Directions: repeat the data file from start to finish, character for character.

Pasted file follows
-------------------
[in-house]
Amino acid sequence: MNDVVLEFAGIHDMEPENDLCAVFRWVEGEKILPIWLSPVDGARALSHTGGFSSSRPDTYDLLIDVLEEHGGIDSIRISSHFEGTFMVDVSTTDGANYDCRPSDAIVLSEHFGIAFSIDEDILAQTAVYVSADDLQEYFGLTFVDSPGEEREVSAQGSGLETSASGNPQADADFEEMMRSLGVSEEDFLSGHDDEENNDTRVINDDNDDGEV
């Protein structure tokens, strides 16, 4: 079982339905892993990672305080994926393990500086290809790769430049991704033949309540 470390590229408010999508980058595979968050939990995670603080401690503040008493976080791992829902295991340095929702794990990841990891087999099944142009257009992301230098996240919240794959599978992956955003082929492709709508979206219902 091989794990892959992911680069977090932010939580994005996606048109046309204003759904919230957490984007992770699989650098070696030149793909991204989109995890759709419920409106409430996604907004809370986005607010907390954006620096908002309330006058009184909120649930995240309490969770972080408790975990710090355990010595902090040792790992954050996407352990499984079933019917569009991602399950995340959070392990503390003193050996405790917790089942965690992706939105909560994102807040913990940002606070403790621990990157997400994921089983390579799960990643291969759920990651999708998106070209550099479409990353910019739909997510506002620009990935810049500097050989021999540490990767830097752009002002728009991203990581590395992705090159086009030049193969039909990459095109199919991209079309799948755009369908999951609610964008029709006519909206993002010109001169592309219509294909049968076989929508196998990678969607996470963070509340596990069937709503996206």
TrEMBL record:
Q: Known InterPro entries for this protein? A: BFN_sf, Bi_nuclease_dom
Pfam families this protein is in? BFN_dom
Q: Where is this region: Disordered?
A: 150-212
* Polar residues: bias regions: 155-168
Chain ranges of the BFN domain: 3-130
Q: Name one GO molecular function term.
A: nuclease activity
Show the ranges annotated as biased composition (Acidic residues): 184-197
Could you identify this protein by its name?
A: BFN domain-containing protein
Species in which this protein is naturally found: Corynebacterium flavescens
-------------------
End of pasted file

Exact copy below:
[in-house]
Amino acid sequence: MNDVVLEFAGIHDMEPENDLCAVFRWVEGEKILPIWLSPVDGARALSHTGGFSSSRPDTYDLLIDVLEEHGGIDSIRISSHFEGTFMVDVSTTDGANYDCRPSDAIVLSEHFGIAFSIDEDILAQTAVYVSADDLQEYFGLTFVDSPGEEREVSAQGSGLETSASGNPQADADFEEMMRSLGVSEEDFLSGHDDEENNDTRVINDDNDDGEV
């Protein structure tokens, strides 16, 4: 079982339905892993990672305080994926393990500086290809790769430049991704033949309540 470390590229408010999508980058595979968050939990995670603080401690503040008493976080791992829902295991340095929702794990990841990891087999099944142009257009992301230098996240919240794959599978992956955003082929492709709508979206219902 091989794990892959992911680069977090932010939580994005996606048109046309204003759904919230957490984007992770699989650098070696030149793909991204989109995890759709419920409106409430996604907004809370986005607010907390954006620096908002309330006058009184909120649930995240309490969770972080408790975990710090355990010595902090040792790992954050996407352990499984079933019917569009991602399950995340959070392990503390003193050996405790917790089942965690992706939105909560994102807040913990940002606070403790621990990157997400994921089983390579799960990643291969759920990651999708998106070209550099479409990353910019739909997510506002620009990935810049500097050989021999540490990767830097752009002002728009991203990581590395992705090159086009030049193969039909990459095109199919991209079309799948755009369908999951609610964008029709006519909206993002010109001169592309219509294909049968076989929508196998990678969607996470963070509340596990069937709503996206």
TrEMBL record:
Q: Known InterPro entries for this protein? A: BFN_sf, Bi_nuclease_dom
Pfam families this protein is in? BFN_dom
Q: Where is this region: Disordered?
A: 150-212
* Polar residues: bias regions: 155-168
Chain ranges of the BFN domain: 3-130
Q: Name one GO molecular function term.
A: nuclease activity
Show the ranges annotated as biased composition (Acidic residues): 184-197
Could you identify this protein by its name?
A: BFN domain-containing protein
Species in which this protein is naturally found: Corynebacterium flavescens